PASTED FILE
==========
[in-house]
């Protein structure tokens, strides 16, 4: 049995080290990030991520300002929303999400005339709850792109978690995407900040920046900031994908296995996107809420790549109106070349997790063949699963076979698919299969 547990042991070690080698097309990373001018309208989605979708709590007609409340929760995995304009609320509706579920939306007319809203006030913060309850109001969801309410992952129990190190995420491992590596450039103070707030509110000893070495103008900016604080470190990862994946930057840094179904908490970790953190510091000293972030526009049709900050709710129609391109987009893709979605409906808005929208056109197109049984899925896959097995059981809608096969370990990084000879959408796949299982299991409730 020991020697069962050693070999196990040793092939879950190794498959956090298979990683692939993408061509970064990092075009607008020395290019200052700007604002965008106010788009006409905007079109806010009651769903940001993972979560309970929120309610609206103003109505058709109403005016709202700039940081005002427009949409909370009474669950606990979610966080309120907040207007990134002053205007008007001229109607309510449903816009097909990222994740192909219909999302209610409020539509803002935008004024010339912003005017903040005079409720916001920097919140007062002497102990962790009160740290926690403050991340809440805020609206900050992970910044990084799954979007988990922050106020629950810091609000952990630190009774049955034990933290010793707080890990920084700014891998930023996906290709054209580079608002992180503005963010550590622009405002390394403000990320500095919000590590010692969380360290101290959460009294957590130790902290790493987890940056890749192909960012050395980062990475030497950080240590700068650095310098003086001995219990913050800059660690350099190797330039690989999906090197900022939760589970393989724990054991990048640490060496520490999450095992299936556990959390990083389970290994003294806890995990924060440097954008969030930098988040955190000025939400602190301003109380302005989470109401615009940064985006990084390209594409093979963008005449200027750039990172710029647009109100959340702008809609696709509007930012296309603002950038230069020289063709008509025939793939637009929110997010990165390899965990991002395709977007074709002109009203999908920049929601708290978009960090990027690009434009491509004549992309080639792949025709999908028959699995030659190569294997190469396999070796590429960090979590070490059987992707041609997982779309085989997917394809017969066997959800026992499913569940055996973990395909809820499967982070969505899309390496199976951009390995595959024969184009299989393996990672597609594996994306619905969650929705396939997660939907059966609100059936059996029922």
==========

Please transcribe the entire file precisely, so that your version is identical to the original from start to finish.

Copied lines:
[in-house]
């Protein structure tokens, strides 16, 4: 049995080290990030991520300002929303999400005339709850792109978690995407900040920046900031994908296995996107809420790549109106070349997790063949699963076979698919299969 547990042991070690080698097309990373001018309208989605979708709590007609409340929760995995304009609320509706579920939306007319809203006030913060309850109001969801309410992952129990190190995420491992590596450039103070707030509110000893070495103008900016604080470190990862994946930057840094179904908490970790953190510091000293972030526009049709900050709710129609391109987009893709979605409906808005929208056109197109049984899925896959097995059981809608096969370990990084000879959408796949299982299991409730 020991020697069962050693070999196990040793092939879950190794498959956090298979990683692939993408061509970064990092075009607008020395290019200052700007604002965008106010788009006409905007079109806010009651769903940001993972979560309970929120309610609206103003109505058709109403005016709202700039940081005002427009949409909370009474669950606990979610966080309120907040207007990134002053205007008007001229109607309510449903816009097909990222994740192909219909999302209610409020539509803002935008004024010339912003005017903040005079409720916001920097919140007062002497102990962790009160740290926690403050991340809440805020609206900050992970910044990084799954979007988990922050106020629950810091609000952990630190009774049955034990933290010793707080890990920084700014891998930023996906290709054209580079608002992180503005963010550590622009405002390394403000990320500095919000590590010692969380360290101290959460009294957590130790902290790493987890940056890749192909960012050395980062990475030497950080240590700068650095310098003086001995219990913050800059660690350099190797330039690989999906090197900022939760589970393989724990054991990048640490060496520490999450095992299936556990959390990083389970290994003294806890995990924060440097954008969030930098988040955190000025939400602190301003109380302005989470109401615009940064985006990084390209594409093979963008005449200027750039990172710029647009109100959340702008809609696709509007930012296309603002950038230069020289063709008509025939793939637009929110997010990165390899965990991002395709977007074709002109009203999908920049929601708290978009960090990027690009434009491509004549992309080639792949025709999908028959699995030659190569294997190469396999070796590429960090979590070490059987992707041609997982779309085989997917394809017969066997959800026992499913569940055996973990395909809820499967982070969505899309390496199976951009390995595959024969184009299989393996990672597609594996994306619905969650929705396939997660939907059966609100059936059996029922």